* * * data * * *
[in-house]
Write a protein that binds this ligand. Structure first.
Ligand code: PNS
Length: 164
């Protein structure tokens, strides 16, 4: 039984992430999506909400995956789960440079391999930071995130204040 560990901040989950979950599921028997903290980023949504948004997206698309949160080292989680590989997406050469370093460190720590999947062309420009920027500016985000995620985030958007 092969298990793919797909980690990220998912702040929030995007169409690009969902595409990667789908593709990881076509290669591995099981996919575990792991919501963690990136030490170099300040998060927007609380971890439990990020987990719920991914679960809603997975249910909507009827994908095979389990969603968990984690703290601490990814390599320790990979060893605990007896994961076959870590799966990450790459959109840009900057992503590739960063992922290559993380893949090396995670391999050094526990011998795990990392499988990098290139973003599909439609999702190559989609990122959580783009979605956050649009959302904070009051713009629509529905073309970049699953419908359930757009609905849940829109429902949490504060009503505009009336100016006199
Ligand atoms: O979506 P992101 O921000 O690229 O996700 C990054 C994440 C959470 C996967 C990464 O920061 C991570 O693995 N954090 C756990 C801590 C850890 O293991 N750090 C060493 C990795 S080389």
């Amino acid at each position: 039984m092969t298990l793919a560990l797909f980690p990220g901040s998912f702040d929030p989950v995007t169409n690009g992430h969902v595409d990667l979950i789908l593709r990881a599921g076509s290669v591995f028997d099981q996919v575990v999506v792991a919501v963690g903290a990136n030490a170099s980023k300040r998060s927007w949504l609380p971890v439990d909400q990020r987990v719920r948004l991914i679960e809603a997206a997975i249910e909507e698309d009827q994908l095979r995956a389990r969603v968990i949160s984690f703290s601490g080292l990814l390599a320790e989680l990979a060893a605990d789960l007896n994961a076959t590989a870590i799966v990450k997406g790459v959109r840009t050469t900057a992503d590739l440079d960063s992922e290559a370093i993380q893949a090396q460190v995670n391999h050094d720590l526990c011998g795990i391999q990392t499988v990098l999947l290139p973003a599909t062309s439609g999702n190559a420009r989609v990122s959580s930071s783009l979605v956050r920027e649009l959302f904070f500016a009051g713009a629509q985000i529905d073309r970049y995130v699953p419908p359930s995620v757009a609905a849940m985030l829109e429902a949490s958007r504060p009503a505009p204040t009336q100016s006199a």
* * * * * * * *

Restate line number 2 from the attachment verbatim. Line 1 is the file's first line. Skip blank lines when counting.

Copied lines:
Write a protein that binds this ligand. Structure first.